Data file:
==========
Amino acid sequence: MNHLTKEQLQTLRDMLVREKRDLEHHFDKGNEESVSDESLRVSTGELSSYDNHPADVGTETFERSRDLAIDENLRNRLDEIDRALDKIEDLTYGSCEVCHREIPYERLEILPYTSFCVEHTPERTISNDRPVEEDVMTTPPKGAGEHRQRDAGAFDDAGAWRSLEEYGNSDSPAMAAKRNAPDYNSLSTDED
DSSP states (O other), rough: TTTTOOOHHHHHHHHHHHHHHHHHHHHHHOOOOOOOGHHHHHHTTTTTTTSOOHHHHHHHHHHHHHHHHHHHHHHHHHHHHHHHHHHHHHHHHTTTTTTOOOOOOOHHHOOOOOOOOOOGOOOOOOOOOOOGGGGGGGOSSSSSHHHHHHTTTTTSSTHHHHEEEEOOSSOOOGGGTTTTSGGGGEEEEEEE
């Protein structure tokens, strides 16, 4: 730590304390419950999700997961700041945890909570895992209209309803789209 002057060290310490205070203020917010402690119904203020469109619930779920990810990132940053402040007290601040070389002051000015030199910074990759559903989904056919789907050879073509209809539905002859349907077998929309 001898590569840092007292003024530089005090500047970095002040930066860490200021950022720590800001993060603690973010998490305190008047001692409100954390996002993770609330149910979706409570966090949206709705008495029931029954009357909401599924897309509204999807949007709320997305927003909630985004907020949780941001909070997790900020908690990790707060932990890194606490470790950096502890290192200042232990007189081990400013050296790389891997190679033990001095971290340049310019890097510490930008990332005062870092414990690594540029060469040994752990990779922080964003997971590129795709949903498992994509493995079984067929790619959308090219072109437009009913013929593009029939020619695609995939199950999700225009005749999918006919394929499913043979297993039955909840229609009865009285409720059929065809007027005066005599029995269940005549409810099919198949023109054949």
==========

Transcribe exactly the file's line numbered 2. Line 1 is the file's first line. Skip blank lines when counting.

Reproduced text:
DSSP states (O other), rough: TTTTOOOHHHHHHHHHHHHHHHHHHHHHHOOOOOOOGHHHHHHTTTTTTTSOOHHHHHHHHHHHHHHHHHHHHHHHHHHHHHHHHHHHHHHHHTTTTTTOOOOOOOHHHOOOOOOOOOOGOOOOOOOOOOOGGGGGGGOSSSSSHHHHHHTTTTTSSTHHHHEEEEOOSSOOOGGGTTTTSGGGGEEEEEEE